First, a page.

10. Note: Of the clips on the Petersamplification.com website that demonstrate the tones of the Gryphon, this particular amp will reproduce clips 1, 2, 3 & 4 (possibly 5 as well - James could confirm that) as those clips were recorded with an amp of the same build type as this one. Clips 6 & 7 were recorded with the more recent models (with the shared EQ) in which James modified the highest setting of the gain boost, and the overall voicing of the amps, to be more modern in its attack and focus. Confirmed. Clips 6 and 7 are done by the newer version which attains a more modern character more readily, and remains a bit more focused (which is handy for tighter attack with low tunings). The sounds in clips 1-5 however should be attainable by this amp without any struggle. Also this amp has an extra feature you didn't mention. At your request I'd put a feature (lifted from the JP series) into the amp: the "shallow/deep" attack switch. That's the large metal toggle on the top/back of the chassis. In "deep" mode the amp gets a bit looser and bouncier, somewhat more "vintage".
  11. By the way James, I've only seen one of your amps in action once -- but it sounded amazing! Totally kicked my ass. Thanks! I'm glad you liked it! I find the whole "boutique" conversation odd in general since I can't even really call what I do "boutique". I mean I guess I can, but the boundaries for what defines the word vary from person to person. I also started making amps which were more simple and got "carried along with the tide" making amps which have more features (trying my best to keep the features sensible in the way they work, of course...which is an ongoing struggle whenever I make a new design). On the surface, my next models won't seem "boutique" to most "average boutique amp buyers"; they'll seem more like a Mesa or something to them. I used to care more about what the "average boutique amp buyers" would think, but I realize now it's not practical to be concerned about that when the idea of whether I'm "boutique enough" to them is subject to debate. Of course if I used whatever parts (or design approach) of-the-month that are trendy and bragged about them as though they somehow made my amps better, I'm sure I'd get more of the "boutique cred". I refuse to do that though.
  12. Since my name has been brought up a few times, I'll lend some information. I don't know if it'll prove anything, but it might shed some light onto this subject. -To my knowledge I have sold amps to people who are between 18 and 55 years of age. I never know what age a customer is going to be or what music they are interested in until they speak to me (and even then I don't always know what age they are). -Some of the youngest customers have bought some of my most expensive amps and some of the not-so-youngest customers have bought some of my least expensive amps. -Some the youngest customers have bought some of my most classic sounding amps, and some of the not-so-youngest customers have bought some of my most modern sounding amps. -Some of my customers play out and some don't. Those who don't aren't going to give you any indication of what demographic buys my amps by playing at gigs because they simply don't play gigs. Also, some of my customers who play out choose to keep the Peters amp for home or recording purposes depending on their situation (especially since I used to sell 10W amps). -I haven't sold nearly as many amps as most well-known amp companies, so when my amps appear before the eyes of others it's always a rarity technically speaking. -Whether my amps are considered "boutique" or not is always open to debate. I make the amps by hand--myself--yet their feature sets (especially on the new format models coming soon) tend to make them fit with what people expect of amps which typically aren't considered "boutique". Most handmade amps don't have multiple channels with separate EQ, loops, voicing switches and so forth. I also don't particularly advertise on my site that my amps are handmade by posting closeup pictures of the amps' innards because despite my making them by hand, I don't think it's critical to have made them by hand. I also may switch to using PCBs at some point in the future. In the end I'd say the OP has a point speaking in general. Lots of amp builders today market their amps towards "blues" or "rock" instead of "hard rock" or "metal". Take a look at the amps they make though: they're usually based on more classic amp designs both in terms of sound and functionality. That by its nature will make a certain demographic want it, and another not want it. And if the clips on the site happen to be "blues" or "rock", that will also make it seem (to the average person) as though the amps are only suitable for those sounds. Add to the equation how many younger people have a lot of disposable income, and it becomes clear where the generalization comes from. The whole situation though is actually broader than that. If you want to generalize, go nuts. I'll still sell whatever I sell to whomever I sell it to.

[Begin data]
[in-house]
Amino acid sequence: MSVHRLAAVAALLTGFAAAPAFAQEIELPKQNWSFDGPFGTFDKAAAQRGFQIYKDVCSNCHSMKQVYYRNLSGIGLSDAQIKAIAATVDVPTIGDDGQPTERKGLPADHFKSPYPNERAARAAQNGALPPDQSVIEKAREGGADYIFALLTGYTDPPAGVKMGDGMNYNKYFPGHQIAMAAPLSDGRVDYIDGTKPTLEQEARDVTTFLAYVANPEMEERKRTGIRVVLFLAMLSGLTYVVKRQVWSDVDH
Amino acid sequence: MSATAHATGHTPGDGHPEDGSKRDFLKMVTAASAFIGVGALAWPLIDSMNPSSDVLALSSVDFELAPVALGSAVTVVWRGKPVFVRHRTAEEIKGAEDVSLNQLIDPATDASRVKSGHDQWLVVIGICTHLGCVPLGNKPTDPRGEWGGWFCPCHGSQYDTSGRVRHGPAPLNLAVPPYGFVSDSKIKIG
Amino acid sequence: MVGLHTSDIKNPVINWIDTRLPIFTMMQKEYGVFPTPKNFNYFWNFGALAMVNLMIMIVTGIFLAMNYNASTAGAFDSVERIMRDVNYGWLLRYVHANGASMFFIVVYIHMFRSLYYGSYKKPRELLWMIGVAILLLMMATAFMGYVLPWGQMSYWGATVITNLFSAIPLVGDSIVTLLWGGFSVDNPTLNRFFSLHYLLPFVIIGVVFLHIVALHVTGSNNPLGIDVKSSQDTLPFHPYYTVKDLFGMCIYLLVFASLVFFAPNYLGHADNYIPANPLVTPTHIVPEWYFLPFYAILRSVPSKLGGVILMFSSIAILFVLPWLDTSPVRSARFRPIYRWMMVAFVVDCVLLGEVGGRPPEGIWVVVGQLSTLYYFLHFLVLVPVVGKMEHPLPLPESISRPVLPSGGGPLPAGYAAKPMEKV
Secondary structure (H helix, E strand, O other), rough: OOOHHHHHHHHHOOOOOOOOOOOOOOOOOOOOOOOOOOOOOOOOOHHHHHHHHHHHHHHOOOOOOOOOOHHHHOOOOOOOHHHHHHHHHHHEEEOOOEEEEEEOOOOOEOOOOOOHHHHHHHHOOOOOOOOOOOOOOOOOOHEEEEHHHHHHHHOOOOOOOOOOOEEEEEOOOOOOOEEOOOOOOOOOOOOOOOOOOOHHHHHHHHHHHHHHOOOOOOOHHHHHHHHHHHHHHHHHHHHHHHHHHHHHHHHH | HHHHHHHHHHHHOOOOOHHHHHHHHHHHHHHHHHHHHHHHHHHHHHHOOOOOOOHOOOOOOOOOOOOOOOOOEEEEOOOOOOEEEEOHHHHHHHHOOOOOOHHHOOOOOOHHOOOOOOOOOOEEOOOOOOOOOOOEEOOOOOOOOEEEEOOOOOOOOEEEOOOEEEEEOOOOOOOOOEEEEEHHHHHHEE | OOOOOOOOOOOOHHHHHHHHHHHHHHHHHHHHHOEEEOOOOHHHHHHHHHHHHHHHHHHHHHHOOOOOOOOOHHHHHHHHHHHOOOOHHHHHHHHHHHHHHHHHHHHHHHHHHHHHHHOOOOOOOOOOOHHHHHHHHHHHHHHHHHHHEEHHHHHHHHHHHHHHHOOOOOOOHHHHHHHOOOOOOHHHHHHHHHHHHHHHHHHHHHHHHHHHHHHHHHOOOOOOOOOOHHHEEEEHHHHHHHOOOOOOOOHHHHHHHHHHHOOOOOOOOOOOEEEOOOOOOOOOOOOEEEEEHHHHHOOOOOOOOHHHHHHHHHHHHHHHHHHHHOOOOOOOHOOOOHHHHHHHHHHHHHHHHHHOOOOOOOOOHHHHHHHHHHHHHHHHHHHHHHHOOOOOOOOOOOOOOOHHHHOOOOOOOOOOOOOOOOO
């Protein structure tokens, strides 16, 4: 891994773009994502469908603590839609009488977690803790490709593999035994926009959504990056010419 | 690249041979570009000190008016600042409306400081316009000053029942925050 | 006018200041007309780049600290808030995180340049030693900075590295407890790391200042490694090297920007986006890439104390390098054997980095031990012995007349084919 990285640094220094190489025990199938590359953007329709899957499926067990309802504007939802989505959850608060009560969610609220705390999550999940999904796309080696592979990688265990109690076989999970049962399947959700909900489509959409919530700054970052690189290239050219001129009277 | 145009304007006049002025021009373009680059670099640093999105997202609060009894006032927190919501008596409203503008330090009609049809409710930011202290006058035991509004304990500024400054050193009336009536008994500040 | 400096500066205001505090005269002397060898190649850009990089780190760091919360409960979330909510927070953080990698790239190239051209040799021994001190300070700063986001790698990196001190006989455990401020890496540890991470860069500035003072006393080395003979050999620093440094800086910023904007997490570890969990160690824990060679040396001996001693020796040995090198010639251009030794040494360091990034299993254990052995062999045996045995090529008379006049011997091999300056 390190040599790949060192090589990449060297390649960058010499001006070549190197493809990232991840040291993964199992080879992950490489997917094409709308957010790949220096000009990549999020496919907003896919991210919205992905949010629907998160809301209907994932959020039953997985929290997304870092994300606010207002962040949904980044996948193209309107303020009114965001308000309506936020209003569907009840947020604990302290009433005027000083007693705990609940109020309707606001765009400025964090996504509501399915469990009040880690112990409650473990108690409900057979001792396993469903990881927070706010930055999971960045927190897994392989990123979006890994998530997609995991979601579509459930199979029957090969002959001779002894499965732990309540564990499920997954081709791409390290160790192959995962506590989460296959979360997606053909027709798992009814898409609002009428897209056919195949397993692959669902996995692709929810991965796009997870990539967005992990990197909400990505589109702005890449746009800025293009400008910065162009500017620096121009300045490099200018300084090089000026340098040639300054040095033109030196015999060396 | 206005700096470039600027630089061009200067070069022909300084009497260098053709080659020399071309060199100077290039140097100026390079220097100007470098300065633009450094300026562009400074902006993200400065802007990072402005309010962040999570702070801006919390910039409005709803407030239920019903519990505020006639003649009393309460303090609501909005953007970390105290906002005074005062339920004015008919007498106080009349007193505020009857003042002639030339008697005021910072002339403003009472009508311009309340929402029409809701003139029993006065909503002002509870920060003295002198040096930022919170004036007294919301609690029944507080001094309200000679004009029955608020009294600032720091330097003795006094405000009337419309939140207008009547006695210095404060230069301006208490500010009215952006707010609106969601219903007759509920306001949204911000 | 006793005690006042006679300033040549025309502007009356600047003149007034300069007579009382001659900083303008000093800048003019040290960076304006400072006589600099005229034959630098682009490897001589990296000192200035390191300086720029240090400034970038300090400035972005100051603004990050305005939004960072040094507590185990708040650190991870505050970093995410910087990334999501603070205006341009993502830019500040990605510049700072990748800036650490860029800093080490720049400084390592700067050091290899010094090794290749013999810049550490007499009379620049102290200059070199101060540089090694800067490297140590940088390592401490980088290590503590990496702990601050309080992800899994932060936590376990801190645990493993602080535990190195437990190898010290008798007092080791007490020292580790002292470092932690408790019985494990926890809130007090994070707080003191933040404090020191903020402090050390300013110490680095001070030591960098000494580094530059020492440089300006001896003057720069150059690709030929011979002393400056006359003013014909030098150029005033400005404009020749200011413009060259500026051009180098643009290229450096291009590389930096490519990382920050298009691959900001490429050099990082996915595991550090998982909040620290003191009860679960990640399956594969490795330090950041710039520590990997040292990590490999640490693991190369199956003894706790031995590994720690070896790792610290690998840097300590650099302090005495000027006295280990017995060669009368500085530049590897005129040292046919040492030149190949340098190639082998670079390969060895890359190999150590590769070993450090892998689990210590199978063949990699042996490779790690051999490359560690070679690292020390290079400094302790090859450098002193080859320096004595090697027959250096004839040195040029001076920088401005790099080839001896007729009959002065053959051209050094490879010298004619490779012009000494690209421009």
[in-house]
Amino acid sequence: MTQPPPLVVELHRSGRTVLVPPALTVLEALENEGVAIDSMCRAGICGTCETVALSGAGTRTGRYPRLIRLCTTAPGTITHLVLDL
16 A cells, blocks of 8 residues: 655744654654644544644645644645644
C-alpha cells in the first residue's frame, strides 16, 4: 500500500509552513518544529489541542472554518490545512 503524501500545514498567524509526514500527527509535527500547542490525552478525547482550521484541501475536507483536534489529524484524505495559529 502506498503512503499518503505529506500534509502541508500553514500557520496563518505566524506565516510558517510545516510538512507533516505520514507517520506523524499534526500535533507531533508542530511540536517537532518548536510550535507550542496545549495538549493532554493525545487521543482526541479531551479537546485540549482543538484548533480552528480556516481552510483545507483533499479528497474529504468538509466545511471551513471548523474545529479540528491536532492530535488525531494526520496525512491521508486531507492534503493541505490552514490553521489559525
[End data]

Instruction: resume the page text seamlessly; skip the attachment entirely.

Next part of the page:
13. I don't like that cab or the speakers it comes with (and yes, I've used the speakers "broken in" and such, lol...it has nothing to do with that...) But I don't like the Ultra Plus either though. It's all personal preference. So if you like the cab, be happy.